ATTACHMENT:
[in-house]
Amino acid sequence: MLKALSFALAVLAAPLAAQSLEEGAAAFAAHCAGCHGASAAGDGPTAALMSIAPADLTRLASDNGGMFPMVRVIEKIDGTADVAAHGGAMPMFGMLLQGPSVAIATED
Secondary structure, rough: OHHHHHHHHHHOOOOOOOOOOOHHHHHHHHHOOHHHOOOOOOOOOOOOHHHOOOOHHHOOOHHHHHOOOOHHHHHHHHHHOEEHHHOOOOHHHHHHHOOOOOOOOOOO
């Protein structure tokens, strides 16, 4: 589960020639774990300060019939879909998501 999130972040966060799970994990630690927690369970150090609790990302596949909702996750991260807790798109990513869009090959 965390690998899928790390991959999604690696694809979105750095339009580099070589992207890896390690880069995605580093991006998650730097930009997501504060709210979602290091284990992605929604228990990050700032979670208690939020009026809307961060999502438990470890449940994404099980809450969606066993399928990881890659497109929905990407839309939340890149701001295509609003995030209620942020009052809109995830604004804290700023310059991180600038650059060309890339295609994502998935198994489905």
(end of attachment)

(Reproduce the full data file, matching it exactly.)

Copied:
[in-house]
Amino acid sequence: MLKALSFALAVLAAPLAAQSLEEGAAAFAAHCAGCHGASAAGDGPTAALMSIAPADLTRLASDNGGMFPMVRVIEKIDGTADVAAHGGAMPMFGMLLQGPSVAIATED
Secondary structure, rough: OHHHHHHHHHHOOOOOOOOOOOHHHHHHHHHOOHHHOOOOOOOOOOOOHHHOOOOHHHOOOHHHHHOOOOHHHHHHHHHHOEEHHHOOOOHHHHHHHOOOOOOOOOOO
């Protein structure tokens, strides 16, 4: 589960020639774990300060019939879909998501 999130972040966060799970994990630690927690369970150090609790990302596949909702996750991260807790798109990513869009090959 965390690998899928790390991959999604690696694809979105750095339009580099070589992207890896390690880069995605580093991006998650730097930009997501504060709210979602290091284990992605929604228990990050700032979670208690939020009026809307961060999502438990470890449940994404099980809450969606066993399928990881890659497109929905990407839309939340890149701001295509609003995030209620942020009052809109995830604004804290700023310059991180600038650059060309890339295609994502998935198994489905």